Luckily we won’t be needing to shell out for an expensive funeral as Cashmere found the berry picking pretty hard once her hands froze too much to move properly and she was forced to keep walking. To be fair, her berry bag was pretty full by then. Hiker hunger eventually did get Physio and he stopped to wait for Cashmere to have morning tea on a cool pass.

This place looks pretty sweet for some snacks

The drizzle had eased back and we had some glimpses of cool views so decided to make our grilled cheese (courtesy of the donated bread’s former owner). The grilled cheese party was yet again one of the best things that has ever happened to anyone in history. No exaggeration. But then rain and strong gusts of wind came and ruined everything. One of the worst moments in mankind’s history.

Grilled cheese party - ruined

We quickly packed up and began a long descent into a beautiful glaciated canyon.

The start of the walk down into a canyon

It was easy walking for awhile and there were lots of creeks around. Then due to some calls of nature and not wanting to wait about in the cold, Cashmere almost lost Physio. He was behind her but then she tried to wait for him by taking a break to investigate a weird sign she had seen and didn’t understand. This involved going off trail so she put her poles and pack near the sign on the trail.

What does this mean? Turns out it's a toilet!

When she returned Physio still hadn’t arrived. She waited a few more minutes and then thought, “what if he passed me and didn’t see my poles/pack?” So she started walking fast until she reached a strange junction where it wasn’t obvious where to go. “Surely this would have confused Physio and he would have at least stopped here.” So she decided maybe he had developed tummy problems and was behind her. She sat and waited but what really concerned her was that they only had a little over an hour until dark and Physio had the tent. What’s more she had the sleeping bag. They had to find each other. What if he was ahead and thought she was ahead of him? It was scary.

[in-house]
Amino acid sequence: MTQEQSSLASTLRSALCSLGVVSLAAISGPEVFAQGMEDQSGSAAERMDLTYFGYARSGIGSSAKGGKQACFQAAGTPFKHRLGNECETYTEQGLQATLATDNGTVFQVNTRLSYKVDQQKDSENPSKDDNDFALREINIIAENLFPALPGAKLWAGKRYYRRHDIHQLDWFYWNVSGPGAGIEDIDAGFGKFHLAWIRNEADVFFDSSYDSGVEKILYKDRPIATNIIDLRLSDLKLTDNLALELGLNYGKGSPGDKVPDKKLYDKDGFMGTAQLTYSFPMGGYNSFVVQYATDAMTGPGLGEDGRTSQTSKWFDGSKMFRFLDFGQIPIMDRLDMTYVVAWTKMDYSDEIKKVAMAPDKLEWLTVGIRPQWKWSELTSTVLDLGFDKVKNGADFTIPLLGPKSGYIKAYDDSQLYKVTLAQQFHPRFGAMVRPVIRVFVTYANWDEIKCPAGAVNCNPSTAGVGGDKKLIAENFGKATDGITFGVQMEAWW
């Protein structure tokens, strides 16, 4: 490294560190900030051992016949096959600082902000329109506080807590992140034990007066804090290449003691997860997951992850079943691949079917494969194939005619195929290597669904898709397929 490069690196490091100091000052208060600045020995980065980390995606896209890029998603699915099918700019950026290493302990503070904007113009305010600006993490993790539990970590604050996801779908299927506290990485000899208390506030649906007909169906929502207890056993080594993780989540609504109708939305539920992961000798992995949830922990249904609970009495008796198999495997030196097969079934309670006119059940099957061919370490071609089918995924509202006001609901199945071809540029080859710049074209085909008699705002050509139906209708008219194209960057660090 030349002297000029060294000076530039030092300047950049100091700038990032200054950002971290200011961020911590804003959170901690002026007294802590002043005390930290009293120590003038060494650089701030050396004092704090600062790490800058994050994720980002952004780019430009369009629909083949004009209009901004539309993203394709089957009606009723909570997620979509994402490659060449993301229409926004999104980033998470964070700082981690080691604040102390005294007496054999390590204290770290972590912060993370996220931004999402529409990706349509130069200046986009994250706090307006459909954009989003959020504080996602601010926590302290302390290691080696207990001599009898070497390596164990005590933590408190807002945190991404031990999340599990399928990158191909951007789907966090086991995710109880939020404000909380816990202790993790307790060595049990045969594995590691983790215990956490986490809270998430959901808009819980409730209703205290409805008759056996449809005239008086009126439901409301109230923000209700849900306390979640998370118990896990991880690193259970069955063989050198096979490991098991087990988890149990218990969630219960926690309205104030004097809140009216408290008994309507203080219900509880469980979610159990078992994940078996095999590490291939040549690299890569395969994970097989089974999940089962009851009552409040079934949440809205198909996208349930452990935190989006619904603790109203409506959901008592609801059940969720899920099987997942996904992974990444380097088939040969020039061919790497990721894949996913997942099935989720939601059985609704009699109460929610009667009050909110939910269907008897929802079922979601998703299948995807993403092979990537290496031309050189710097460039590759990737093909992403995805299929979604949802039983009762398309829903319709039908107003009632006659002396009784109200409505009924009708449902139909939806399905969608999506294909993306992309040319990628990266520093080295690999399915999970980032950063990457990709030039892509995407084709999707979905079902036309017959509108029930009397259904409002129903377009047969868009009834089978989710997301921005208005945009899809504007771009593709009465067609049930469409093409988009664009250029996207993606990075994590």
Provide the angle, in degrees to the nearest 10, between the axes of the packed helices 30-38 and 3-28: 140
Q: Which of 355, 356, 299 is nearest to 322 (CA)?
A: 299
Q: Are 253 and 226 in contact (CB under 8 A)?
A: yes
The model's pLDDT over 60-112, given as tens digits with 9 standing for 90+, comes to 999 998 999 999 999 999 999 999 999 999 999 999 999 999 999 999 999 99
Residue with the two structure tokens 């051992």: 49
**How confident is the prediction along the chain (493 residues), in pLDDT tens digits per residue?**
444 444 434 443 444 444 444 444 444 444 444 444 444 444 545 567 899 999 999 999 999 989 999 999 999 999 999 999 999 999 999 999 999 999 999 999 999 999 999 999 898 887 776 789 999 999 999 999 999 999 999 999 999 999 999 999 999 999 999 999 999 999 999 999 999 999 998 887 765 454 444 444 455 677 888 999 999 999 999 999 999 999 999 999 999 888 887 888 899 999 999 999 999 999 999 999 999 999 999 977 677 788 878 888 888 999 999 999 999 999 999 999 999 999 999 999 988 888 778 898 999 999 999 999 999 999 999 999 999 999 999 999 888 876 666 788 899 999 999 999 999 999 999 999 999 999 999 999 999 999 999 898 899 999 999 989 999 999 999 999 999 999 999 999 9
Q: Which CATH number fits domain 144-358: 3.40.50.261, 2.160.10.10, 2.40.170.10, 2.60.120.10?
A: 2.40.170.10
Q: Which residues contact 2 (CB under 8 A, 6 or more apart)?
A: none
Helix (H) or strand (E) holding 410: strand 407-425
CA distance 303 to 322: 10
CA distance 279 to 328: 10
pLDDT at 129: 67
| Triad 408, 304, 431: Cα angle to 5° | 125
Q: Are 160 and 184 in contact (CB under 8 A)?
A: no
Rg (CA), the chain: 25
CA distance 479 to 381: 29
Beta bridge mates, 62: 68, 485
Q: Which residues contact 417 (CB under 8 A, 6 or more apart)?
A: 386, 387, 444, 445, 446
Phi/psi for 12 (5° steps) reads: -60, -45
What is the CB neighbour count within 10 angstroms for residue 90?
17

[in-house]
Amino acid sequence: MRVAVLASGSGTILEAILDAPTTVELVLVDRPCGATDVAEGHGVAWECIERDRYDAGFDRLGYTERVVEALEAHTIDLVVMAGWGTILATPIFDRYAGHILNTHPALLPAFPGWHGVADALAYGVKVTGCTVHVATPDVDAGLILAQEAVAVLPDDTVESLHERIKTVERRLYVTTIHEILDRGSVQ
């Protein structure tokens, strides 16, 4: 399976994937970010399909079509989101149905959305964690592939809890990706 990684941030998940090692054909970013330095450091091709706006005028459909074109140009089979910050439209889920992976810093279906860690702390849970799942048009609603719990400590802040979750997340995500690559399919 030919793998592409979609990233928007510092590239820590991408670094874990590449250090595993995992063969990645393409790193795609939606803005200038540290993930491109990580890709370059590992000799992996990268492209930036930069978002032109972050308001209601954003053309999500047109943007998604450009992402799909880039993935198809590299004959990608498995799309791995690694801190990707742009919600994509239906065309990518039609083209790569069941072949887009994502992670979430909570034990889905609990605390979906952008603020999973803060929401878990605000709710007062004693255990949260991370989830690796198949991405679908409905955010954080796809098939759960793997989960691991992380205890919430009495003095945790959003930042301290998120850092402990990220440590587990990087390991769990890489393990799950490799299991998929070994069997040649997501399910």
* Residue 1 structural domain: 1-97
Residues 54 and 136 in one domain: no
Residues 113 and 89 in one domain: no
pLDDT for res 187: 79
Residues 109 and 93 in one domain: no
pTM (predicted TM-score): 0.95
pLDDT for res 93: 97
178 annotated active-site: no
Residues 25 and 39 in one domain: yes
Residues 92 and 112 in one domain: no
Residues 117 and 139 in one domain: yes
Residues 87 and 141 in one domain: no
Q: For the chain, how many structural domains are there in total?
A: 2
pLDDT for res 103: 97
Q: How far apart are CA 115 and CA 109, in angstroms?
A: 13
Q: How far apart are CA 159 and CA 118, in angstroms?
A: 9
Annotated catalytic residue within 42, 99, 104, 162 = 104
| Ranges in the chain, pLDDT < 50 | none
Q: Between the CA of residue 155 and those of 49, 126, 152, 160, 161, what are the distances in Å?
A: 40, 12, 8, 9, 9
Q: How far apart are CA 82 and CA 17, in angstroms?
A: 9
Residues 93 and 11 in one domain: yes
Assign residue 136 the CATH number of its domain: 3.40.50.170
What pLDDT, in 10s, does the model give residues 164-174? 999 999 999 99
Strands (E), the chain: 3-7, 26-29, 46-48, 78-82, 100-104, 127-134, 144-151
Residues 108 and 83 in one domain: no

Let's look at this glacial water creek to feel better

This one looks like it has had some problems though

In the end Physio did come by about 10 minutes later and all of a sudden Cashmere had a new best moment on the PCT.

Reunited we crossed this creek together, on a bridge that had had it's own problems

We walked for another hour. Then Cashmere wanted to stop for the night at an established campsite by a creek. She was hungry, tired, and not confident about the prospects of finding a random campsite further along. Physio wanted to keep walking as we had only walked 19 miles (~30km). Somehow Cashmere managed to win the debate and we settled in for the night. Cashmere cooked dinner in the rain, while Physio set up the tent and beds – our new nightly routine. We were soon joined by a nice enough fellow from Boston named Power Thighs who we had been seeing on and off since Northern California.

Power Thighs basically has the exact opposite hiking style to us. He tends to walk really big miles for a few days and then rest lots. For instance to get to Timberline Lodge he walked 52 miles (~83km) to get there but then took two zeros. We are turtles, slow and steady, usually walking around 22 miles (~35km) a day now that we are in Washington. I wouldn’t say that either method is better or worse but it is amusing that we have remained in the same vicinity as each other for so many miles. Anyway he was on a new mission to catch up to people he knew 20 miles ahead of us so we knew he would out-sprint us the next day but we chatted a little as we each cooked in the rain and then went to sleep.

Day 160

The next day was a big one as we tried to make up for our slack from the previous day. It started with a pretty awkward incident.